Spencer Cox goes right line off the falls.
The Spillimacheen River is located about 50km south of Golden BC or 35km north of the town of Radium on route 95. Take a left onto Westside road once you reach the settlement of Spillimacheen and then continue 2km until a right turn onto the Spillimacheen Forest Service Road. From here the take-out is your first bridge crossing and the put in is another 3km upstream on the left at the reservoir.
Vis Spillimacheen River (V) i et større kart
Friday, September 30, 2005
4 hours into... and now quite amongst it. Raft River, BC - Canada
Although it has a name that sounds inviting to those seeking rubber tubes and raging water, the Raft River is one of those deceiving BC runs that probably won't see a raft descent for a very long while. In fact, whoever it was that decided to first attempt the Raft's lower box canyon successfully must have been having a fearless paddling year and adventurous thoughts.
BC water at its finest.
I actually first heard talk of the ominous Raft being ran (probably for 2nd or 3rd time) from un-BC-local Clay Wright while I was paddling in the Southeastern US during the Spring of 2001. Although he couldn't quite remember the name of the run which he and some friends had stumbled upon during a late summer roam through BC, the fact that it was "Near the Clearwater River, DEEP and.... VERY SWEET", left me quite intrigued and wanting to investigate. The next summer during my annual round of BC creeking, I discovered what Clay was describing as I dropped deep into the final kilometers of the Raft River gorge.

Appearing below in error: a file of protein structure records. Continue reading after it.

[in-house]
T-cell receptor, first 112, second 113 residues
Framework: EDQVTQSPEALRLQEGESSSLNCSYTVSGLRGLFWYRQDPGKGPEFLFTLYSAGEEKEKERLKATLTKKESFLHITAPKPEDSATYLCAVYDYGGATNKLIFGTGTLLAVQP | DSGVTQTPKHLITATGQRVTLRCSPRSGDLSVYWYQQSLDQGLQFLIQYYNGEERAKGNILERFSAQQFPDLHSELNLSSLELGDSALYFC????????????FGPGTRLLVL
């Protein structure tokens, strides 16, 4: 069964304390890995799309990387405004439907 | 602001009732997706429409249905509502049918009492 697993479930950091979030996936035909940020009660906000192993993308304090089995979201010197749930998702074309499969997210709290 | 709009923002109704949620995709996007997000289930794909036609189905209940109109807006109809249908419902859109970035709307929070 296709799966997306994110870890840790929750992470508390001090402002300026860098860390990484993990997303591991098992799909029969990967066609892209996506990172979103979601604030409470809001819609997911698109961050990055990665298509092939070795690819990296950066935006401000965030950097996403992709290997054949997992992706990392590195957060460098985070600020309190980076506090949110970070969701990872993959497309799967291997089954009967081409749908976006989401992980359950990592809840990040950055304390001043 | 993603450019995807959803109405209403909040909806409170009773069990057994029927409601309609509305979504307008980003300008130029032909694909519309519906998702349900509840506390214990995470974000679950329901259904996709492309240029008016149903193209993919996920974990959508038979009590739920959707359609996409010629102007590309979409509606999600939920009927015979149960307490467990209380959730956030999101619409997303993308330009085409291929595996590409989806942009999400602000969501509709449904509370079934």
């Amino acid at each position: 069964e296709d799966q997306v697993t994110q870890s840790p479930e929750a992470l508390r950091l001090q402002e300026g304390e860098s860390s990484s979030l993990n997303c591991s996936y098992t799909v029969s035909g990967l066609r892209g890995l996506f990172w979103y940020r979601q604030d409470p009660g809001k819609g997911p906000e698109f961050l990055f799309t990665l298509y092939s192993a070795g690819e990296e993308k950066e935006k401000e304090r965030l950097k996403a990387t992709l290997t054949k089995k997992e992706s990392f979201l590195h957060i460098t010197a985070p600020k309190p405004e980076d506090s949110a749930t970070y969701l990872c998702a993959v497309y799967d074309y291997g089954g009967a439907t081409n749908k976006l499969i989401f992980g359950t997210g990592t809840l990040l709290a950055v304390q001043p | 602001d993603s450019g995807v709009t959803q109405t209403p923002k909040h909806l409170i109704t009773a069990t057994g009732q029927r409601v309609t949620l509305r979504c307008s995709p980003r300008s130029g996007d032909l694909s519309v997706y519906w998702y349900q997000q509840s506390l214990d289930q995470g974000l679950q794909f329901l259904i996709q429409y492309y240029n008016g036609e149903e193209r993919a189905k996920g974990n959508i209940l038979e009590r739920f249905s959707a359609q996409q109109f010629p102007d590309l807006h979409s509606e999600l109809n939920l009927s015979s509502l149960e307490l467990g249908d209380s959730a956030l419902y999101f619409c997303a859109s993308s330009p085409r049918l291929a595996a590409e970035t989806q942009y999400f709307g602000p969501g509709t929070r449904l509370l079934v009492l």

The final few drops on the run before Raft Falls.
3 years came and went however, before I was back again paddling that first stretch of the river trying to describe what was about to be upon myself and Jordie McKenzie, my only willing paddling companion. Although the Raft meanders lazily from the headwaters near Wells-Gray Provincial Park, the final push to the confluence with the North Thompson is through 4-5 km of tight technical drops in very inescapable and intimidating surroundings.
Hmmm.... I guess we're paddling out .
The secret of running the Raft's canyon requires a crucial assement of the river's flow. Don't even consider this run in early summer or after big rains. The river does pass underneath the Yellowhead Highway where you can get a quick glance, but it is better to turn onto the Raft River Forestry Road and walk up to Raft Falls past the sawmill next to the river. A quick path through the sawmill and down to the river will reveal a local swimming and cliff-diving hangout with a 20ft waterfall. Raft Falls should look runnable and have an adequate amount of water in comparison with the wide, calm and shallow water that continues just downstream. Running the waterfall is your only ticket out of the gorge and will mark the end of an amazing creeking experience should you decide to put on.
A sweet huck off Raft Falls to finish it may seem anticlimatic after 5km of box-canyon head games.